He also proposes loan guarantees to reduce air pollution and greenhouse gases through a variety of means -- renewable energy projects, transmission projects, and carbon sequestration projects to keep smokestack gasses.

The numbers: The budget proposes $26.3 billion for the Energy Department, on top of $38.7 billion included for energy programs in the recent stimulus package.

People stuck in traffic

The spending plan includes a five-year $5 billion high-speed rail state grant program, on top of $8 billion targeted for rail expansion in the stimulus package. "The President's proposal marks a new Federal commitment to give the traveling public a practical and environmentally sustainable alternative to flying or driving," the budget plan says.

But there's plenty of good old fashioned roads and bridges money, too. And if you must fly, Obama's kicking in about $800 million for long-term efforts to improve the efficiency, safety, and capacity of the air traffic control system.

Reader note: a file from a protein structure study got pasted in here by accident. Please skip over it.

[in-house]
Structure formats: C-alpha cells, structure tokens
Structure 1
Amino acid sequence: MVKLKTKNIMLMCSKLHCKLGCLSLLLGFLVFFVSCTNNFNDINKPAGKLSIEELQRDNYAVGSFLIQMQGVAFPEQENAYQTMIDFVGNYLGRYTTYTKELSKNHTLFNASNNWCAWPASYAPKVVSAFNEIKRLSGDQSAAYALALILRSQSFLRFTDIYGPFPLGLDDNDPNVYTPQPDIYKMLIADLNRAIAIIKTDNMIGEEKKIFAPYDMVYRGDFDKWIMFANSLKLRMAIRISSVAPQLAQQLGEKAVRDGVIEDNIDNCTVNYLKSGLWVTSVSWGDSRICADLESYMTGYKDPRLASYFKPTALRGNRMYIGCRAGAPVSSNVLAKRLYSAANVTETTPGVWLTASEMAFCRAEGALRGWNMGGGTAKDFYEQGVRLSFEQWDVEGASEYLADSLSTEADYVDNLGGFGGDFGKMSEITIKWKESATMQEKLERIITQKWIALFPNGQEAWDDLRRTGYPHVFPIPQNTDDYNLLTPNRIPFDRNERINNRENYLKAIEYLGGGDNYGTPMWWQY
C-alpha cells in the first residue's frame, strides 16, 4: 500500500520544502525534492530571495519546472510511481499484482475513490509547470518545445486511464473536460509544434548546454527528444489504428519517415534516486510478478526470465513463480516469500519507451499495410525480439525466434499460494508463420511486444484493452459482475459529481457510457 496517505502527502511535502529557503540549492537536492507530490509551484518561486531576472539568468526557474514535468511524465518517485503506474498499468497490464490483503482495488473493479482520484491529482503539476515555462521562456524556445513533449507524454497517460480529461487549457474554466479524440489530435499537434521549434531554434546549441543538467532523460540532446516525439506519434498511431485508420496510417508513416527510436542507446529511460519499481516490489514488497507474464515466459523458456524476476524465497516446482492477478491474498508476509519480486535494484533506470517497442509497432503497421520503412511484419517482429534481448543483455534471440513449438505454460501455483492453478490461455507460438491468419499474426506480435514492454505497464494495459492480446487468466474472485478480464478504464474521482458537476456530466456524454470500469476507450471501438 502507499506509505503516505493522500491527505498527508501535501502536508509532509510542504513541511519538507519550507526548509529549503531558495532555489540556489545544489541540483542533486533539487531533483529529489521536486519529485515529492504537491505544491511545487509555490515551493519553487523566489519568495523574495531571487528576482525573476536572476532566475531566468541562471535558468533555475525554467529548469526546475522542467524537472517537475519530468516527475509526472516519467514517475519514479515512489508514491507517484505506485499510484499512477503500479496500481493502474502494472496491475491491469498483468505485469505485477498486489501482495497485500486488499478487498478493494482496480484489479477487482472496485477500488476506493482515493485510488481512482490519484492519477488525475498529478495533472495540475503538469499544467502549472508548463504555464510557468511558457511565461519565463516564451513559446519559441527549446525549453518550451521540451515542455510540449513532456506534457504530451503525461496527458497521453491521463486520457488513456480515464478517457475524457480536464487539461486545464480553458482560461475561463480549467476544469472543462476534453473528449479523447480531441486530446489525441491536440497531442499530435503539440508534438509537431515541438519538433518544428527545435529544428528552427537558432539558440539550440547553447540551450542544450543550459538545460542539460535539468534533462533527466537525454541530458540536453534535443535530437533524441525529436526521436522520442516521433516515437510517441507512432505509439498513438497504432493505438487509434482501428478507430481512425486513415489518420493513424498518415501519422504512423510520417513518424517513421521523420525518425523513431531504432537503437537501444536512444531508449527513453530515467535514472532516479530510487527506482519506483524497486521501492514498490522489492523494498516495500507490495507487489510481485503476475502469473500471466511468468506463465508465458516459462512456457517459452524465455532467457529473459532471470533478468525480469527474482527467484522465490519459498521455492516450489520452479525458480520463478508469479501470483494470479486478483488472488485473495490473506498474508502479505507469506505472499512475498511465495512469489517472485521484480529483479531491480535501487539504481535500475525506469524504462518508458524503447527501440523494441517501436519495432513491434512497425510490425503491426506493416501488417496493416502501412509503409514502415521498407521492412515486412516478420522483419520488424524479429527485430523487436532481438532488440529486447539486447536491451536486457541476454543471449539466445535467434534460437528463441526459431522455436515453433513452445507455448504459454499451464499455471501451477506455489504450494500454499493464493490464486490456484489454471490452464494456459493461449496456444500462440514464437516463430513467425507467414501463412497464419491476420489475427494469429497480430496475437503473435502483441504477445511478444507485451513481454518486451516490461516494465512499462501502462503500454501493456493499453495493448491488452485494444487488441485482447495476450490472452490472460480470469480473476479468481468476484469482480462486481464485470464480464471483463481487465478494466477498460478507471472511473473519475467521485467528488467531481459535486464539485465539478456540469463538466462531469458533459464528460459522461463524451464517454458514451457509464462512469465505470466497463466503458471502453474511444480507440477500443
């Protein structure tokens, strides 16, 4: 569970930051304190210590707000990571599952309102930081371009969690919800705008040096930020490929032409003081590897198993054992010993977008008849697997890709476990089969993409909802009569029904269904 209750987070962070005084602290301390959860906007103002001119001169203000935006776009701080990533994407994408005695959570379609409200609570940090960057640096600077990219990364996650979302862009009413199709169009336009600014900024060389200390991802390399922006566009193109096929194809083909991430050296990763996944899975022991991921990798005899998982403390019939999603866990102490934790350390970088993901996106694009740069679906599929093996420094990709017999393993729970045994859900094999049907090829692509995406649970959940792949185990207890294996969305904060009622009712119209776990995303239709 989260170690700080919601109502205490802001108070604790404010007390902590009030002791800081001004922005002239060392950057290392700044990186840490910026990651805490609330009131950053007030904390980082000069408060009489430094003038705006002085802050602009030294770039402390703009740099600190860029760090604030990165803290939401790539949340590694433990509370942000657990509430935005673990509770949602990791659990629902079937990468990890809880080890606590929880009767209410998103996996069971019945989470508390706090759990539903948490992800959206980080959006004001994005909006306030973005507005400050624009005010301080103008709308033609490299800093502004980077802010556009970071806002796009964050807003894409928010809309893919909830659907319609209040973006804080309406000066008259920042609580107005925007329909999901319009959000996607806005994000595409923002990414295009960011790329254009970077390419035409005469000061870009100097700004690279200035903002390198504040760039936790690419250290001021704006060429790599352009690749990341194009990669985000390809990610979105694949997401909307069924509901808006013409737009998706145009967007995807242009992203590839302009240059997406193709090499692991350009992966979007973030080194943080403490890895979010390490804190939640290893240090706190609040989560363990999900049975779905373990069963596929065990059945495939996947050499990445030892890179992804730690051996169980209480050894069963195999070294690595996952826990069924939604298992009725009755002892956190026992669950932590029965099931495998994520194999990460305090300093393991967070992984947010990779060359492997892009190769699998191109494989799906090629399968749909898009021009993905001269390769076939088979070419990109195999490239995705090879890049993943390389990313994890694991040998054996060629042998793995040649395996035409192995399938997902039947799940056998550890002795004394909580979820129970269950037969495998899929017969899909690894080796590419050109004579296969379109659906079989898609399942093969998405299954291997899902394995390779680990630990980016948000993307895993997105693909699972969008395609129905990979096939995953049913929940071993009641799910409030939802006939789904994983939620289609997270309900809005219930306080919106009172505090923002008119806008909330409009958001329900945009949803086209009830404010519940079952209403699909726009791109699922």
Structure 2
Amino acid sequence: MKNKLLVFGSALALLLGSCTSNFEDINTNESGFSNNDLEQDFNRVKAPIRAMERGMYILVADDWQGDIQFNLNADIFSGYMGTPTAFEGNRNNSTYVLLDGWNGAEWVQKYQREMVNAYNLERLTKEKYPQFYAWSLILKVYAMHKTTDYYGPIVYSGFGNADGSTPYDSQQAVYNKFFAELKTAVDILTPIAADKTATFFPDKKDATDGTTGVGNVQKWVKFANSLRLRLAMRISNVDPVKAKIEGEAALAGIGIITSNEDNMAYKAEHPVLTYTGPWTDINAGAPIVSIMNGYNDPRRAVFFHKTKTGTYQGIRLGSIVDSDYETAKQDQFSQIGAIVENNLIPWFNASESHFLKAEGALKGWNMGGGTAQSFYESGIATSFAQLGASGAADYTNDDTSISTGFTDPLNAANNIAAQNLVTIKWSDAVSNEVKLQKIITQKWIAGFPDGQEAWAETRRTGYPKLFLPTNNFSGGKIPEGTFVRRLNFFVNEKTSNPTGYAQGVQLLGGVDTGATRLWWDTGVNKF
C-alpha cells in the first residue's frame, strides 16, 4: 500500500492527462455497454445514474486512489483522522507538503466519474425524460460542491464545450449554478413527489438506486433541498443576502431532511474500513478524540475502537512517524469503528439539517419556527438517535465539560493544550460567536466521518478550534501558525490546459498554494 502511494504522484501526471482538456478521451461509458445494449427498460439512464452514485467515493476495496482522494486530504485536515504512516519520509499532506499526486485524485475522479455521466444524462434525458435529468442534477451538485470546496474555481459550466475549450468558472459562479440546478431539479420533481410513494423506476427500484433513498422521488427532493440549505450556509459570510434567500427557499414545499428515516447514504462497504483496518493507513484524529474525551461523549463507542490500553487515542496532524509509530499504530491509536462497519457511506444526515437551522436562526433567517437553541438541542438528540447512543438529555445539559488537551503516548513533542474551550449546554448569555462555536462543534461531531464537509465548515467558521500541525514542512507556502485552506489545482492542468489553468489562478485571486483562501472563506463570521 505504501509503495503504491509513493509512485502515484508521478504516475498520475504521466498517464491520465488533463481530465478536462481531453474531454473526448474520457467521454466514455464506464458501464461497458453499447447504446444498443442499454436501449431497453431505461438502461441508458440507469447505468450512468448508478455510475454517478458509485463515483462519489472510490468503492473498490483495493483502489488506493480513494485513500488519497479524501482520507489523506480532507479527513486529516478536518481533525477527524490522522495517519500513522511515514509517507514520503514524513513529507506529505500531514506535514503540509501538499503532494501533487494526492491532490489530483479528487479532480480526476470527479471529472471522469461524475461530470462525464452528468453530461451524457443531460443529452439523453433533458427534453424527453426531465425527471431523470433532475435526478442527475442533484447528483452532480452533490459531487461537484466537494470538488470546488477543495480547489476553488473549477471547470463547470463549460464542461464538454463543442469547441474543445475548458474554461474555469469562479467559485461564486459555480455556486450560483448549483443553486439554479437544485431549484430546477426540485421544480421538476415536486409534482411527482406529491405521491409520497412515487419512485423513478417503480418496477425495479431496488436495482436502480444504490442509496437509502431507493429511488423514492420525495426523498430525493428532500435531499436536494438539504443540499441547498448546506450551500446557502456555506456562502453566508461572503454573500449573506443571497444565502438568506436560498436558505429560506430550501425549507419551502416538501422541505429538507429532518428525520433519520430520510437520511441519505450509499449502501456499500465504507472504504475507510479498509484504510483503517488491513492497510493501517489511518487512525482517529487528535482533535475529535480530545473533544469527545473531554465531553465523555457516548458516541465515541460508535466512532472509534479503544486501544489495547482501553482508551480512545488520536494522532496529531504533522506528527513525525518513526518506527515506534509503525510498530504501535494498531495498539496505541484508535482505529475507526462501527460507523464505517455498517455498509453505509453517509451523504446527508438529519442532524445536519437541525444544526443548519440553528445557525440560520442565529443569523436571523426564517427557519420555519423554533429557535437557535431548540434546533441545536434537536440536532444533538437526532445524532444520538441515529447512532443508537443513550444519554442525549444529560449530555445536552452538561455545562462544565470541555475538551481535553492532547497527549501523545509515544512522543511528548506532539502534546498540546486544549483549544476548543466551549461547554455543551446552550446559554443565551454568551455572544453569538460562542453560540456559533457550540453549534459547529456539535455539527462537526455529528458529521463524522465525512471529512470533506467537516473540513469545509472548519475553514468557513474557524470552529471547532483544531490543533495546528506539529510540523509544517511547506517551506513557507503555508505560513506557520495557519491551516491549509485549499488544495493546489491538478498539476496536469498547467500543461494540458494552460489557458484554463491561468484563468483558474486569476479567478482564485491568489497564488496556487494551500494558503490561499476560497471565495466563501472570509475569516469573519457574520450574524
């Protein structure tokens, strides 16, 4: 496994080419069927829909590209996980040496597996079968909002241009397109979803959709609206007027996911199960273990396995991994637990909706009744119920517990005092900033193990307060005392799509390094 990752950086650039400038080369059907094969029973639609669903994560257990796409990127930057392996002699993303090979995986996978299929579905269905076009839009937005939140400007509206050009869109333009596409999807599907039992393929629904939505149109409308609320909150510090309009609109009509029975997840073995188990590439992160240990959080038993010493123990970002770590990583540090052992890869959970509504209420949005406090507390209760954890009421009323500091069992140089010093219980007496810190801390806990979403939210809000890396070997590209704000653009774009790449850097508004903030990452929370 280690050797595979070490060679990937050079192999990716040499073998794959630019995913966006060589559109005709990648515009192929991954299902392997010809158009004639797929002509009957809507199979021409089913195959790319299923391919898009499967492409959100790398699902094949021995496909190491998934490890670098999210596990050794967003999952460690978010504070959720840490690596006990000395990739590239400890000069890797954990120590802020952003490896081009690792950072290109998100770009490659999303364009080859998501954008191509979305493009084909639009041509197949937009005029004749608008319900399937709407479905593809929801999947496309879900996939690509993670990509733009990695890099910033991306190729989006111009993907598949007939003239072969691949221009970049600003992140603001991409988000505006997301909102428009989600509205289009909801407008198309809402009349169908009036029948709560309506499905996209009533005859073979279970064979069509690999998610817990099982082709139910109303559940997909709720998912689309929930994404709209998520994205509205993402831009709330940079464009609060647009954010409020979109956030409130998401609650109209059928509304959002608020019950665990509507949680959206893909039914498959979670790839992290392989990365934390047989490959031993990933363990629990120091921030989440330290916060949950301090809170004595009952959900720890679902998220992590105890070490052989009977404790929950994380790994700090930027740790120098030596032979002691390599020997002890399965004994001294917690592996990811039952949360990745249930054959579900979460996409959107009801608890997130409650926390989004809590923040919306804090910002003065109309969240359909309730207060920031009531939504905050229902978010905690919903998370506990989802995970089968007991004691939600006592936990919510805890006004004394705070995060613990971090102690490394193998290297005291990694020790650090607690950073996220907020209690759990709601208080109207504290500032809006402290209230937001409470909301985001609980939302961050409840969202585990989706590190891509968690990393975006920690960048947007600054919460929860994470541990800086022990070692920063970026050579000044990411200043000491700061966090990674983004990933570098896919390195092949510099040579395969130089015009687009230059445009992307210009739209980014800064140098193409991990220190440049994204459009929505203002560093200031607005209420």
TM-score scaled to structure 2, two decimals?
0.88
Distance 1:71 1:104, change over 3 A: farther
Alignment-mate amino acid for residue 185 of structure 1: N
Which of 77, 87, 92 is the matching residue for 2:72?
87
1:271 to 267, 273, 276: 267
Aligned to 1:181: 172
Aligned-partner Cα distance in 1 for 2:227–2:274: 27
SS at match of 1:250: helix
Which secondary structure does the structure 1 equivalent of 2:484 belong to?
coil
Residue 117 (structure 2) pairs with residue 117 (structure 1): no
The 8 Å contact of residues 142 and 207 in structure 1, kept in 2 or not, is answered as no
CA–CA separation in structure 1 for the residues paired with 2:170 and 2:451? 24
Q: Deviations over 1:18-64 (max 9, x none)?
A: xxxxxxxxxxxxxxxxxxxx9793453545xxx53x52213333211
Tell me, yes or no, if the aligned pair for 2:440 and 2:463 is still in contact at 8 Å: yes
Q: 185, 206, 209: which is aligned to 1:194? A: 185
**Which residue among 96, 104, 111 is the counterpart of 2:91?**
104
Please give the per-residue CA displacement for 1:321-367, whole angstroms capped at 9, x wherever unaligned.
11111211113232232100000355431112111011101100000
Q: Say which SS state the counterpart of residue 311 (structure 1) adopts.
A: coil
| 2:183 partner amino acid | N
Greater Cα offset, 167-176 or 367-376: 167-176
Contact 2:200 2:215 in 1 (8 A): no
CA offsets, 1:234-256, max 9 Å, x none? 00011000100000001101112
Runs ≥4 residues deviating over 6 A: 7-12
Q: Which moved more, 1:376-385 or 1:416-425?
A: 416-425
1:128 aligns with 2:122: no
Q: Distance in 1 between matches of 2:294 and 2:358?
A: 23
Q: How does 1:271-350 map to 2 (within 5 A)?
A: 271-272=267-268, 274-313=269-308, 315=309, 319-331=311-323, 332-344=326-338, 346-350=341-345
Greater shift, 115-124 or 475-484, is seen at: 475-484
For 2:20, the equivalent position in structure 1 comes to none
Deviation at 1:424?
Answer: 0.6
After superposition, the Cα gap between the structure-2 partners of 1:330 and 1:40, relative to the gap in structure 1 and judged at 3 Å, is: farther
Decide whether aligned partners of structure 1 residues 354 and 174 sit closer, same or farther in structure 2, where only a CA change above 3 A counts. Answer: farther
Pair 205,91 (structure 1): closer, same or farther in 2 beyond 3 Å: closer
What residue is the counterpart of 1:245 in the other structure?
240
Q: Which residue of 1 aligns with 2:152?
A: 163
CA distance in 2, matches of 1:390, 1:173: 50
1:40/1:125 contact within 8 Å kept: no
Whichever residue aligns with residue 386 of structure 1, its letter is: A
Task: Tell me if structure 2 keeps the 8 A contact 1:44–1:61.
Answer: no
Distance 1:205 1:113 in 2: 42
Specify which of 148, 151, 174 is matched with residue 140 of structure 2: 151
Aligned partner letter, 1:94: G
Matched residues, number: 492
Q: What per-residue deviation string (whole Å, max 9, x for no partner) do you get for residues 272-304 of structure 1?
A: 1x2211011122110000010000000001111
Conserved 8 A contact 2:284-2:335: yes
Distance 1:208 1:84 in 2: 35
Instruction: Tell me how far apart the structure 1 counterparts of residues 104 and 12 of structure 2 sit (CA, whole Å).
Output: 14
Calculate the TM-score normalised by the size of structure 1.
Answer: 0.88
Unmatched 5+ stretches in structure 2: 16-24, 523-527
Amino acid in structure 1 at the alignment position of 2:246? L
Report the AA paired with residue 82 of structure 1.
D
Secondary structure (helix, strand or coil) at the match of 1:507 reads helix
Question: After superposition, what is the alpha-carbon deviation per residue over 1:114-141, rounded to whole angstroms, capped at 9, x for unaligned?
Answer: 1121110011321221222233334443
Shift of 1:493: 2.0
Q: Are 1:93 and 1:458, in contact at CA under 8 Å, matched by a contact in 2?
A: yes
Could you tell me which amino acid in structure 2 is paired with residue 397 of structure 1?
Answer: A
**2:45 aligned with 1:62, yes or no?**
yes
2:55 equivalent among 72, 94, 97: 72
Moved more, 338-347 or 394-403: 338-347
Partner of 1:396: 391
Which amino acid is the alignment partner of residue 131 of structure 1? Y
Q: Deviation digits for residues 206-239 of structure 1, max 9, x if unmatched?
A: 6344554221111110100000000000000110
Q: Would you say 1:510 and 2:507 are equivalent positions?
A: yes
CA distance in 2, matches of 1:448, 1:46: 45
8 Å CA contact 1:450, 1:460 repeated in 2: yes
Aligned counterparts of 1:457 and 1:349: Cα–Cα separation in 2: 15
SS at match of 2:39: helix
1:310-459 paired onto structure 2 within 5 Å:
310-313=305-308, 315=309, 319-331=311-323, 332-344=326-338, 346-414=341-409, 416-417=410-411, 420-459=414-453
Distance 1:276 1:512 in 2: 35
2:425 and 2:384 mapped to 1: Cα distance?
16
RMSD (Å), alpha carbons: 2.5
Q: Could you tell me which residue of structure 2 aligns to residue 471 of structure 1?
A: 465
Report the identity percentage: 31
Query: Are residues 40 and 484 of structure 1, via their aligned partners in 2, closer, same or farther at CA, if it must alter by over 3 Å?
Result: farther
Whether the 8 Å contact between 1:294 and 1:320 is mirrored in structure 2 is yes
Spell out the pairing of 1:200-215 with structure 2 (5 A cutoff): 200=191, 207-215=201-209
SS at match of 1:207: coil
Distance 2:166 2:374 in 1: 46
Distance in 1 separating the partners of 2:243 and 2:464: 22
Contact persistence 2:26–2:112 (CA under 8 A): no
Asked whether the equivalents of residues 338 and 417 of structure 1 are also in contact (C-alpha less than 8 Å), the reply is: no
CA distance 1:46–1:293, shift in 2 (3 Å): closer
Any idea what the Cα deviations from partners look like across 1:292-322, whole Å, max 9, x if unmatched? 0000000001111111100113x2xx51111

The numbers: Transportation spending would rise to $72.5 billion in the proposed budget, a slight increase over the current fiscal year, along with $48.1 billion approved in the recent stimulus package.

College students looking for a job

If you want to go to college, get a career, or are learning English as a second language, Obama wants to help you. Low-income students would get help completing college from a new five-year, $2.5 billion Access and Completion Incentive Fund.

The numbers: The budget proposes $46.7 billion for education next year, a small increase over this year, but it comes on the heels of $81.1 billion in additional education spending recently approved by Congress in the $787 billion stimulus package.